Jan 5, 2009
Waterford Wedgwood calls in receivers
Jan 5, 2009
By Andras Gergely
DUBLIN (Reuters) - Ireland's Waterford Wedgwood, whose luxury tableware was once a mainstay of wedding gift lists worldwide, has called in receivers and placed two of Britain's most venerable china makers into administration.
The heavily indebted maker of Waterford crystal, one of Ireland's most famous brands, also asked on Monday that its shares be suspended from trading on the Irish Stock Exchange after failing to buy more time from creditors.
The owner of potter Wedgwood, founded 250 years ago by Josiah Wedgwood -- one of the fathers of the industrial revolution -- and whose tea and dinner services have graced royal tables ever since, had warned in December that it would not be able to pay interest to bondholders.
The global financial crisis and ensuing economic slowdown has already claimed a raft of casualties in the British retail sector, including Woolworths, which is set to close this week with the loss of 27,000 jobs.
Administrators for childrenswear chain Adams said on Monday they would close 111 UK stores and make 850 staff redundant while administrators at Passion for Perfume said they had cut 194 jobs as they seek a buyer for the fragrance retailer.
Waterford Wedgwood said a grace period given by its lenders had expired and not been renewed, but it remained optimistic an investor would save the group, whose stable of brands also includes Royal Doulton, known for its fine china tableware and figurines.
The group has some 8,000 employees worldwide, including 1,900 working in manufacturing and retail in the United Kingdom and 800 in Ireland. It also employs 1,000 workers at Germany-based porcelain maker Rosenthal.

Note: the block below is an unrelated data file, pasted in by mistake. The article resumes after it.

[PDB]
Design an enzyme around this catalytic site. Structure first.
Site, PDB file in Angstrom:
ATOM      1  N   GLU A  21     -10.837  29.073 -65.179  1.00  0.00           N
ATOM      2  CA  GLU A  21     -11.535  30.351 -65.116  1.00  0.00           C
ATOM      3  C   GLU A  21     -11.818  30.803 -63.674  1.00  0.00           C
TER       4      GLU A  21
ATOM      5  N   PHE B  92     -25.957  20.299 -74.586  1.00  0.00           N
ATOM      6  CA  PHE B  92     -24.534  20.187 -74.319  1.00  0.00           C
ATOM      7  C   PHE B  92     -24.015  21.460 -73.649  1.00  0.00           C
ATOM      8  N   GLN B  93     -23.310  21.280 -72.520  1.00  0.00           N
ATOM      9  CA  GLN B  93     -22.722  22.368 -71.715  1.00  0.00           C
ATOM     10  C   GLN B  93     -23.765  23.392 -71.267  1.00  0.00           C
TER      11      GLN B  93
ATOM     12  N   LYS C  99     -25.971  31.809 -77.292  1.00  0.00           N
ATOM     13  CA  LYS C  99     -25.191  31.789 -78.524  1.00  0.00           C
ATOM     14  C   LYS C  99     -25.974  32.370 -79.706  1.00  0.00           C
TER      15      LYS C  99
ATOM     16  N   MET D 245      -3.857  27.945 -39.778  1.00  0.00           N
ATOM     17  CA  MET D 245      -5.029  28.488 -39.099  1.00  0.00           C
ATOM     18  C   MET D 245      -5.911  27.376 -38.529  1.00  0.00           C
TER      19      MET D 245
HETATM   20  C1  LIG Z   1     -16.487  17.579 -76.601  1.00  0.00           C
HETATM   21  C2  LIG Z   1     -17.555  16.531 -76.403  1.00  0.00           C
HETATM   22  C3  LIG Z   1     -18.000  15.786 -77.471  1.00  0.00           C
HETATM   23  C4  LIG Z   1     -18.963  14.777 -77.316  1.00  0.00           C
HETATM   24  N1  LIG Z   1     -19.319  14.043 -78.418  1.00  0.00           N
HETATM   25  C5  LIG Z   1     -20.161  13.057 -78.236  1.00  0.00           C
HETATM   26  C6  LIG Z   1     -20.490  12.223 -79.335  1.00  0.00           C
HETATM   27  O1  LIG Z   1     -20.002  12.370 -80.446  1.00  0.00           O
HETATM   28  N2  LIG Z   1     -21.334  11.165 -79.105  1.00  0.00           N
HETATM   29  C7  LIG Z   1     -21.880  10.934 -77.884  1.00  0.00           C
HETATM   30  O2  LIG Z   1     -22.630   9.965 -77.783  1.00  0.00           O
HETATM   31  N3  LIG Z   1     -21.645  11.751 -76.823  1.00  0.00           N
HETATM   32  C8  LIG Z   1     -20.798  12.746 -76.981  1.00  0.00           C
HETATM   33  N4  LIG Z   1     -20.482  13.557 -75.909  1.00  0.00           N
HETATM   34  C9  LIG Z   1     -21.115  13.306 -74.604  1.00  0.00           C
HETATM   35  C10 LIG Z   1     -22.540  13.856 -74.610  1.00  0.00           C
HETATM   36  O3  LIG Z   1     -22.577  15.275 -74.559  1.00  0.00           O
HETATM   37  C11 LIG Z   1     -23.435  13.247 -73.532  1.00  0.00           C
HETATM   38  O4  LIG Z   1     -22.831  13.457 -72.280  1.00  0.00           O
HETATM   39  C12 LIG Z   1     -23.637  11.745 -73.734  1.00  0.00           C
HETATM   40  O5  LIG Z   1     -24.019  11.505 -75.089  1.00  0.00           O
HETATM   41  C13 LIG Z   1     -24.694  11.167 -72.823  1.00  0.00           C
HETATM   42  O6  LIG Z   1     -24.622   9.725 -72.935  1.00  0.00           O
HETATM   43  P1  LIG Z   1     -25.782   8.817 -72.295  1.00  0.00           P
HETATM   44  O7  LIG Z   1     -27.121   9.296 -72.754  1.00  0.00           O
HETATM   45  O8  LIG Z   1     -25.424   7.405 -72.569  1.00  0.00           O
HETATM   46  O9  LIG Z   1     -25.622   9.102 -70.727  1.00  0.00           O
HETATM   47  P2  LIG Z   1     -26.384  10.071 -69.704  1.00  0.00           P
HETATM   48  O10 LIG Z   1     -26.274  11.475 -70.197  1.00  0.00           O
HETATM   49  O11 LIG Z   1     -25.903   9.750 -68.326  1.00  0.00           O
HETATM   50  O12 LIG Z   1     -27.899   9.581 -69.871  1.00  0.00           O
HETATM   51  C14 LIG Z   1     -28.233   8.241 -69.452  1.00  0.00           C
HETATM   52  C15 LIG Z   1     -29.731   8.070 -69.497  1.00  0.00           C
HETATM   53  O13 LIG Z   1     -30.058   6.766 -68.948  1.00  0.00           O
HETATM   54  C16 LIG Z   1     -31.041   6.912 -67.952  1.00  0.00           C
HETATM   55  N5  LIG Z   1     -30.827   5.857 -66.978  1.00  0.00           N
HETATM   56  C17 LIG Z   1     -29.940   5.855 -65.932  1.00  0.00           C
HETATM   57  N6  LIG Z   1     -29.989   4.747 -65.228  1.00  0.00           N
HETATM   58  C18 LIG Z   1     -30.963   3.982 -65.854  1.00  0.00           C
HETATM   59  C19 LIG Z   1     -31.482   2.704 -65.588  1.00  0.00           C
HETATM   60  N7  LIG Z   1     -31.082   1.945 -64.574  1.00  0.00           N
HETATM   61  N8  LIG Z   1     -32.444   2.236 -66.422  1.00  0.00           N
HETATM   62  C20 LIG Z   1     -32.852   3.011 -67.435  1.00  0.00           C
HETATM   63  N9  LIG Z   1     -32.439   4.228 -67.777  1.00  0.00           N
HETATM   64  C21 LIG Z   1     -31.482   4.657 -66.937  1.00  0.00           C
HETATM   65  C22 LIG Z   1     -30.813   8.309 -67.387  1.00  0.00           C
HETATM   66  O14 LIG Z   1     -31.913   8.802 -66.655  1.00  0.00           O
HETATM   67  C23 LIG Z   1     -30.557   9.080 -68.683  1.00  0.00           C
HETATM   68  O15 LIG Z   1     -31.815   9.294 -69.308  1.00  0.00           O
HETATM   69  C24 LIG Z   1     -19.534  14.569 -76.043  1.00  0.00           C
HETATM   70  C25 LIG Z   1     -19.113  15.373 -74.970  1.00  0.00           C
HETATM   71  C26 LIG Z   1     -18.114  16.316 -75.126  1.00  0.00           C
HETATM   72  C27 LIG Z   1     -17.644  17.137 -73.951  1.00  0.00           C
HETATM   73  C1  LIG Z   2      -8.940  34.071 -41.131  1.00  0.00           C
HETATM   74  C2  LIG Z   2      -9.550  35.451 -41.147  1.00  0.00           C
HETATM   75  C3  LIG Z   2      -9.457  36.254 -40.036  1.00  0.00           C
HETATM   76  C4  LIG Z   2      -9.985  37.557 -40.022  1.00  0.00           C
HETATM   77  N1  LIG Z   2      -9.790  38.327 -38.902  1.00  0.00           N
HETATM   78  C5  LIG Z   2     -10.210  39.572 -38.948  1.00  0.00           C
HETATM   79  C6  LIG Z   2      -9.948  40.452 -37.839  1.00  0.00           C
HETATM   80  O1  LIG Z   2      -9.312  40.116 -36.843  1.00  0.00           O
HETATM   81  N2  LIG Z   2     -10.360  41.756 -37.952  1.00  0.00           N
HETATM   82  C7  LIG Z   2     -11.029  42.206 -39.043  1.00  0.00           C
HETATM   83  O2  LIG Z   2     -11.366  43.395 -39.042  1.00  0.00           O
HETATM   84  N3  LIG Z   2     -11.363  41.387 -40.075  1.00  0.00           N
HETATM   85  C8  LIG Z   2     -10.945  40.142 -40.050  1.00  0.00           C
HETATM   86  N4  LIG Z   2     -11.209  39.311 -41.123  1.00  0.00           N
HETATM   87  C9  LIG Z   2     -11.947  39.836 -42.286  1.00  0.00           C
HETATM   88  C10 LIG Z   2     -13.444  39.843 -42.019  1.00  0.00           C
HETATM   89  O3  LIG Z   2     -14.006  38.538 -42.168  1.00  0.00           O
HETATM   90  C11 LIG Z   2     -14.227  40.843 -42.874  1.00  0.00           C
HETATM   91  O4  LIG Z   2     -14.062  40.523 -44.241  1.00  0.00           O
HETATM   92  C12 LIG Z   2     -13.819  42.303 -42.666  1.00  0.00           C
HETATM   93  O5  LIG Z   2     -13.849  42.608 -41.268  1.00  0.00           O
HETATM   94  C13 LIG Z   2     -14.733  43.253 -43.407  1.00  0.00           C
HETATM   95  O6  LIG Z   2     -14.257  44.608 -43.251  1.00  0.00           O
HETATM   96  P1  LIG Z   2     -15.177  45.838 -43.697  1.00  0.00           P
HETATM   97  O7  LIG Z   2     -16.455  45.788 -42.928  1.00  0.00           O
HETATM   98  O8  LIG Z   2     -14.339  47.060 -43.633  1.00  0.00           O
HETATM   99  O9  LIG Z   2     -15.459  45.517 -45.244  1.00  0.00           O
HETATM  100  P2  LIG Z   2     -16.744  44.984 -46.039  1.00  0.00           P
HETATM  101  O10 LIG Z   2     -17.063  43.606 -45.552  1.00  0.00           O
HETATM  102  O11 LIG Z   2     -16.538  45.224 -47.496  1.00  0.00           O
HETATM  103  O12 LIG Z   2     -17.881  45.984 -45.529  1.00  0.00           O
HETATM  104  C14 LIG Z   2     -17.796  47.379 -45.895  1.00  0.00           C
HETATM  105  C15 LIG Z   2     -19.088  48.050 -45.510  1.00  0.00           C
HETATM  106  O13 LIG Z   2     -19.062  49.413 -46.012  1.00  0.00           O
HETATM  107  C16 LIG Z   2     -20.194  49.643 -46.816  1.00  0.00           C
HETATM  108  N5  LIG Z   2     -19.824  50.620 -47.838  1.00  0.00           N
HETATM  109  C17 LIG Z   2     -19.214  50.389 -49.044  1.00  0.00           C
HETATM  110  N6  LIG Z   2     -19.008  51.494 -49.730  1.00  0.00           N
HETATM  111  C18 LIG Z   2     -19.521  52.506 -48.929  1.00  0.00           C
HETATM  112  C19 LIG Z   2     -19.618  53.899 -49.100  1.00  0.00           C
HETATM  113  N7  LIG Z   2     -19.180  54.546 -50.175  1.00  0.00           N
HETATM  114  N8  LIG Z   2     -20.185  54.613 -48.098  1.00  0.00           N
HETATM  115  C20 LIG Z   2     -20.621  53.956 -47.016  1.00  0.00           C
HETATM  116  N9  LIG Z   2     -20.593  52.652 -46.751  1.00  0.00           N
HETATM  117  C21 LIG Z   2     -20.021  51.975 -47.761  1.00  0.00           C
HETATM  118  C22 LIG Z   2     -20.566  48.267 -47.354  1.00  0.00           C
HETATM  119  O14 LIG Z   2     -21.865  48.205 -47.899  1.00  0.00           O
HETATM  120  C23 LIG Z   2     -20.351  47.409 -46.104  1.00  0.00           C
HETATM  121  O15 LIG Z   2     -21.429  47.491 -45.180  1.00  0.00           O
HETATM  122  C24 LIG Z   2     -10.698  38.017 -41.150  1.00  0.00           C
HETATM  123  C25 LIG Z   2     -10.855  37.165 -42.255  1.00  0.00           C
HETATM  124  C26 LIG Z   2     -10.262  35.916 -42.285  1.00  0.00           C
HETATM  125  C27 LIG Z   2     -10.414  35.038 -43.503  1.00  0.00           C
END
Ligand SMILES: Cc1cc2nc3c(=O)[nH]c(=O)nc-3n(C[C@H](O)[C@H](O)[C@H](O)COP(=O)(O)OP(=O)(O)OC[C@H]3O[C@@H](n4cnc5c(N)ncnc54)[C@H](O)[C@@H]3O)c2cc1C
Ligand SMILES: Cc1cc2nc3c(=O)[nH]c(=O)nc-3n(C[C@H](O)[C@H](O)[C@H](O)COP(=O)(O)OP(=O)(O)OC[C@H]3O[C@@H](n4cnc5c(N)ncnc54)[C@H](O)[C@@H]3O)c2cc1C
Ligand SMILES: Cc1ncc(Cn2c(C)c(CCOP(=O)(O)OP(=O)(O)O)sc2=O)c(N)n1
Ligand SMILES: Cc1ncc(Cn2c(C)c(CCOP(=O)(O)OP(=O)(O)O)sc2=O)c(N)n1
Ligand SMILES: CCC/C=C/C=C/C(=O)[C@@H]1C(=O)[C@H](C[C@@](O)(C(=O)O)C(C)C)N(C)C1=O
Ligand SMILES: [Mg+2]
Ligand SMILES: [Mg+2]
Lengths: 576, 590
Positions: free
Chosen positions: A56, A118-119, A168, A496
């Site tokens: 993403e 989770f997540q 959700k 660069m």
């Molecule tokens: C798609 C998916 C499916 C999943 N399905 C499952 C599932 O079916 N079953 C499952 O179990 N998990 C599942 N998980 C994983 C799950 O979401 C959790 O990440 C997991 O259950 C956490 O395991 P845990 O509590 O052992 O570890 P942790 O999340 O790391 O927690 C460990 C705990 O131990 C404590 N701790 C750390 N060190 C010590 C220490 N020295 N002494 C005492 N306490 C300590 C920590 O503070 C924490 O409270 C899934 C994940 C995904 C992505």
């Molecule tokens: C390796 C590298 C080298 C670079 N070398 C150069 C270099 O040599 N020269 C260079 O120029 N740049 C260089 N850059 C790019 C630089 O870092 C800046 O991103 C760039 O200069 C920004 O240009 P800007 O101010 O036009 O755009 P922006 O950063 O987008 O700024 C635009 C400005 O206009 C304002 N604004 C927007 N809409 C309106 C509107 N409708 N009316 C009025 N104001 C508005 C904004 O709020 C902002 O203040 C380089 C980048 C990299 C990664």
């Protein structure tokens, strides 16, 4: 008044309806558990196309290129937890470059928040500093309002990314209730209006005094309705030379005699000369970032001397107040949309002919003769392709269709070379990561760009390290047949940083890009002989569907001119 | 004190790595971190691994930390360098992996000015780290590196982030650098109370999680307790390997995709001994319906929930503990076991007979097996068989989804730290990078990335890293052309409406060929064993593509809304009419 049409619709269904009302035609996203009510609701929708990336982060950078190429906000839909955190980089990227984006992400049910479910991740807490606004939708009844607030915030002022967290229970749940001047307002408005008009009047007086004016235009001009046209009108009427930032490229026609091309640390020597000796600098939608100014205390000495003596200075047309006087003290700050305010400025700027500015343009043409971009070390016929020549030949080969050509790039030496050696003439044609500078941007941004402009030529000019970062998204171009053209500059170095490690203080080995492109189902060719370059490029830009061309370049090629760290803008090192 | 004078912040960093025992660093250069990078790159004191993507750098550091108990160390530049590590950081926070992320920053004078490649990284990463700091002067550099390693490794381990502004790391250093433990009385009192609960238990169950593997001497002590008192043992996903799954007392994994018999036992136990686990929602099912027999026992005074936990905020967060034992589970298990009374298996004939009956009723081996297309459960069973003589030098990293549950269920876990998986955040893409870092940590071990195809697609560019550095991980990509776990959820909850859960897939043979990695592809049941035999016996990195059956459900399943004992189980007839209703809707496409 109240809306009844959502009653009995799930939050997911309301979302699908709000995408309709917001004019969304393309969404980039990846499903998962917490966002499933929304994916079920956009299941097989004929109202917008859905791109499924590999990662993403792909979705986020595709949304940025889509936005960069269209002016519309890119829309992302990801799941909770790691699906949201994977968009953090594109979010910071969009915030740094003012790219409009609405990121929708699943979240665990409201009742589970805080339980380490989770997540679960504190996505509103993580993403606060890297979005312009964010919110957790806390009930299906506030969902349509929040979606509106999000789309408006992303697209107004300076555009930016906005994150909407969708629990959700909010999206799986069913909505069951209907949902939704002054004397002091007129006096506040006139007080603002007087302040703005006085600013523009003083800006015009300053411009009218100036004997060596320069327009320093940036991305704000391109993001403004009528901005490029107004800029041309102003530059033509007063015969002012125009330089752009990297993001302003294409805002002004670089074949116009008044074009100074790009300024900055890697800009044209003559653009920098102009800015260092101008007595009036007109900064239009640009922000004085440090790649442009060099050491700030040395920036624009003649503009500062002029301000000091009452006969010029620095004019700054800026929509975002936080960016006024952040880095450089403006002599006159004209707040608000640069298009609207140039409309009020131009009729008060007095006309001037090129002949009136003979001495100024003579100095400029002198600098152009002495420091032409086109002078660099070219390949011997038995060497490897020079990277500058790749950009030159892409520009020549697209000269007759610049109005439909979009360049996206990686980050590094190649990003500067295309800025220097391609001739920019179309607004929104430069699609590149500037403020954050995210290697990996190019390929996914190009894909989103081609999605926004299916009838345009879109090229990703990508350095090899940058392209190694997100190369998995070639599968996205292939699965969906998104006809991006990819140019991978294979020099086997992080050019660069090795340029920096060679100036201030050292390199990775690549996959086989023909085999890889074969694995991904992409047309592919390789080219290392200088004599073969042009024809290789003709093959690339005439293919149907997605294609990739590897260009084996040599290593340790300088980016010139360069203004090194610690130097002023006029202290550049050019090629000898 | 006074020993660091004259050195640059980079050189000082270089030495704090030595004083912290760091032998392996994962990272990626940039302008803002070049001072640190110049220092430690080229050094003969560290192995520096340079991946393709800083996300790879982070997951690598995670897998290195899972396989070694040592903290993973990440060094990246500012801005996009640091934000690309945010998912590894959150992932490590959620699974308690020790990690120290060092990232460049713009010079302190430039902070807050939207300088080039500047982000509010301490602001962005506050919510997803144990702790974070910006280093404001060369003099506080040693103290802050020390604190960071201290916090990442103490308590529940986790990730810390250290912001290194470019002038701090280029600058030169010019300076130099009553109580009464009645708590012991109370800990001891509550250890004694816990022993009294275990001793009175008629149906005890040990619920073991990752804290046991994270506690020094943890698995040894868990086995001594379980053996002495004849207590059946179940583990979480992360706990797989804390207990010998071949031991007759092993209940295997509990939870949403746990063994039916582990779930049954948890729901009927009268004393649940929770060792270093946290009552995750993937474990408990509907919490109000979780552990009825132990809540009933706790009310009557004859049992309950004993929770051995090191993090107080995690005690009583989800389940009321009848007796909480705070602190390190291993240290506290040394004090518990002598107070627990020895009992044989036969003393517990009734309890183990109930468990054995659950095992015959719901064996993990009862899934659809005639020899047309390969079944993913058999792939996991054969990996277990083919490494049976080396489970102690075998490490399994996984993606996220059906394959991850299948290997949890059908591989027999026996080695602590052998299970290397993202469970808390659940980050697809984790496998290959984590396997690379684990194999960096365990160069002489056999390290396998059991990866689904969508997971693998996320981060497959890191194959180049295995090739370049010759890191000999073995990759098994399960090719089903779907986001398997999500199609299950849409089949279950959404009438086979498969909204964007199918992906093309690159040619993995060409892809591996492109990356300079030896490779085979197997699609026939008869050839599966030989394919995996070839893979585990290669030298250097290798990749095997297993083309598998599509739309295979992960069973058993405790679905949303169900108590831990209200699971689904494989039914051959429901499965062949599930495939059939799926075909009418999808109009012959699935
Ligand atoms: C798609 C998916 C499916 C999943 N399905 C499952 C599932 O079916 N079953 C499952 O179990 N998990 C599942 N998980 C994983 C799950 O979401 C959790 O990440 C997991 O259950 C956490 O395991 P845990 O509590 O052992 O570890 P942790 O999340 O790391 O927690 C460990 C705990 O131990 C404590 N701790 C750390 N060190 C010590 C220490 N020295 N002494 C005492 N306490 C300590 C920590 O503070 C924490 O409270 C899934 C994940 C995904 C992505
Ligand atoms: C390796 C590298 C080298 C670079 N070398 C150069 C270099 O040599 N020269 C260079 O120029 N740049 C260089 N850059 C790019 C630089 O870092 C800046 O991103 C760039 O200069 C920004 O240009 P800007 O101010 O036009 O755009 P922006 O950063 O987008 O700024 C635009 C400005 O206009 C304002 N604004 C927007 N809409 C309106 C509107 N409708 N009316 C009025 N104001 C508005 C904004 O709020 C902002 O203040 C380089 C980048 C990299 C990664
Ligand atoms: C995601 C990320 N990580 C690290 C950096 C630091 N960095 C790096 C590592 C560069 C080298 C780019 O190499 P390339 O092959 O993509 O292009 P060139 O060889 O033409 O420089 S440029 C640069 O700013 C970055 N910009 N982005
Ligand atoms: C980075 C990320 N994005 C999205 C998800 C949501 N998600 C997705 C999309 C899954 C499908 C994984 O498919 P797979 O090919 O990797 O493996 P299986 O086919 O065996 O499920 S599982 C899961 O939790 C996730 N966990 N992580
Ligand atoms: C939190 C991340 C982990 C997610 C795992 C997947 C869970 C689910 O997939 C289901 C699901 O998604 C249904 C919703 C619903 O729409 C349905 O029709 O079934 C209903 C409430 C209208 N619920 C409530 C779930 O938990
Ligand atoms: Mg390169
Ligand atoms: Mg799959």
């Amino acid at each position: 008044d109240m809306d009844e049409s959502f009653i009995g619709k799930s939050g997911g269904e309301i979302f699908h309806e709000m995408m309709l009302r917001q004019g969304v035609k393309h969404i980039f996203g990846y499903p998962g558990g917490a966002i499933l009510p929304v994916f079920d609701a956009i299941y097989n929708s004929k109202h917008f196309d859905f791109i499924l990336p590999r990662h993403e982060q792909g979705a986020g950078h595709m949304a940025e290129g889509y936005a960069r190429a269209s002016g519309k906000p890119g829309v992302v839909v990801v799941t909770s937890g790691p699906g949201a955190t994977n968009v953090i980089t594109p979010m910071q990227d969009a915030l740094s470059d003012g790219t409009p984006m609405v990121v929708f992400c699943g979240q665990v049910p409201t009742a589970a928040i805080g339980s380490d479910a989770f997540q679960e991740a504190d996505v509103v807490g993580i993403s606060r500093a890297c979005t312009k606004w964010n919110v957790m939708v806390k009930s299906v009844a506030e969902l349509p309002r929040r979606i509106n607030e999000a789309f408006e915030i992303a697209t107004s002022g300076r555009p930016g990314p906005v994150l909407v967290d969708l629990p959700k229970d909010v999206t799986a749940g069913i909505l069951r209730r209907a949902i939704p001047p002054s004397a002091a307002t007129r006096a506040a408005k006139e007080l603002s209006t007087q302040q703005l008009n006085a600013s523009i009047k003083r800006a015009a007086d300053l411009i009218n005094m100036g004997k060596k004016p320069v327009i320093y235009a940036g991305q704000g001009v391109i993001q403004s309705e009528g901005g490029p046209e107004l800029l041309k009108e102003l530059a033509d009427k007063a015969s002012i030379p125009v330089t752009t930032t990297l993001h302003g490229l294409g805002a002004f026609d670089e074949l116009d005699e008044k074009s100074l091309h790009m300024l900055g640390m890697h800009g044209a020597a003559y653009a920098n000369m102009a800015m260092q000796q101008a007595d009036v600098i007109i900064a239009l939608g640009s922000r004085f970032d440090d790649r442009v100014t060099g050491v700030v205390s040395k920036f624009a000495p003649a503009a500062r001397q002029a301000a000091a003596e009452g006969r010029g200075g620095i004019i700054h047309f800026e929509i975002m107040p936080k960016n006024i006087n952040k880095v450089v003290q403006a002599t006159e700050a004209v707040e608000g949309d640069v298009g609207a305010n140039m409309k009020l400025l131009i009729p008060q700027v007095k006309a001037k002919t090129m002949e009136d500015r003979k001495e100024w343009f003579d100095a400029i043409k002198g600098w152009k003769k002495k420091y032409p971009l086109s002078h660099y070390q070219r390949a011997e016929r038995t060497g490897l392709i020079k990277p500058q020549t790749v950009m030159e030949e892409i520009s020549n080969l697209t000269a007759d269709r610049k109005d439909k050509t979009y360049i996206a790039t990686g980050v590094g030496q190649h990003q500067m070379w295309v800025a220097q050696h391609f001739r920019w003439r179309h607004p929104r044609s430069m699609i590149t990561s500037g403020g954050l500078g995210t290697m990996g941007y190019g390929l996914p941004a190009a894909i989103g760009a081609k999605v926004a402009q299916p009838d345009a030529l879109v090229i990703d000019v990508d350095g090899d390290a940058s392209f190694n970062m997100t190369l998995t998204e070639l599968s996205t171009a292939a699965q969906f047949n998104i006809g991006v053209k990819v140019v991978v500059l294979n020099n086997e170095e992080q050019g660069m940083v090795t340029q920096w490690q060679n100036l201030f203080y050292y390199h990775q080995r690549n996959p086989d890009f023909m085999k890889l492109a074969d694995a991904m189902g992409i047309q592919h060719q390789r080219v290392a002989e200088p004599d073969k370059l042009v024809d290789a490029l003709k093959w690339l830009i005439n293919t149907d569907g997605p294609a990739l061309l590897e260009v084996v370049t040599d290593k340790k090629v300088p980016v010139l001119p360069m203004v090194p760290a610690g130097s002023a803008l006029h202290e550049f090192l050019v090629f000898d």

The company, which last year unsuccessfully sought a loan from the Irish government, has already cut or moved a lot of production to Asia, leaving 1,500 manufacturing jobs in Indonesia, 600 in the United Kingdom and 450 in Ireland.
The group's receiver Deloitte said a number of subsidiaries, including Josiah Wedgwood & Sons and Royal Doulton, had been placed into administration, meaning they would continue to trade while buyers are sought.
One Dublin-based analyst said it would be very tough to find a buyer for the company, however.
"Even if there is a resurgence in the economy any time soon it's difficult to say Waterford Wedgwood will benefit massively from it," said Killian Murphy, analyst at Goodbody Stockbrokers.
IN STEADY DECLINE
Waterford Wedgwood was trying to modernise its product range just as the economic downturn in its main markets -- Britain and the United States -- and the strength of the euro hit earnings, while the credit crisis made talks with lenders more difficult.
Top shareholders led by company Chairman Anthony O'Reilly, whose media interests make him one of Ireland's richest men, have repeatedly pumped extra funds into Waterford Wedgwood.
But its shares have been in steady decline since 2001 and have traded at fractions of a euro cent since 2004. Based on last week's closing price of 0.001 euros, the company had a market value of 5.35 million euros (4.99 million pounds) versus net debt that stood at 448.9 million in October.
Waterford Wedgwood's thinly traded 166 million euro subordinated notes, due to mature in December 2010, are bid at just 3 percent of face value and offered at 8 percent. The company also has a 210 million euro loan, which is due to mature in June 2010, according to RLPC data.
Board member P Redmond O'Donogue said the company's banks were mainly American and led by Bank of America.
"What triggered it really is the mayhem in the marketplace for the last three months of 2008," O'Donogue, a former chief executive, told RTE radio.
Retail bellwether John Lewis predicted the next few months would be "extremely tough" despite reporting relatively robust Christmas trading with like-for-like sales flat in the five weeks to January 3.
(Additional reporting by Paul Hoskins and Natalie Harrison in London; editing by Rupert Winchester, Simon Jessop, John Stonestreet)
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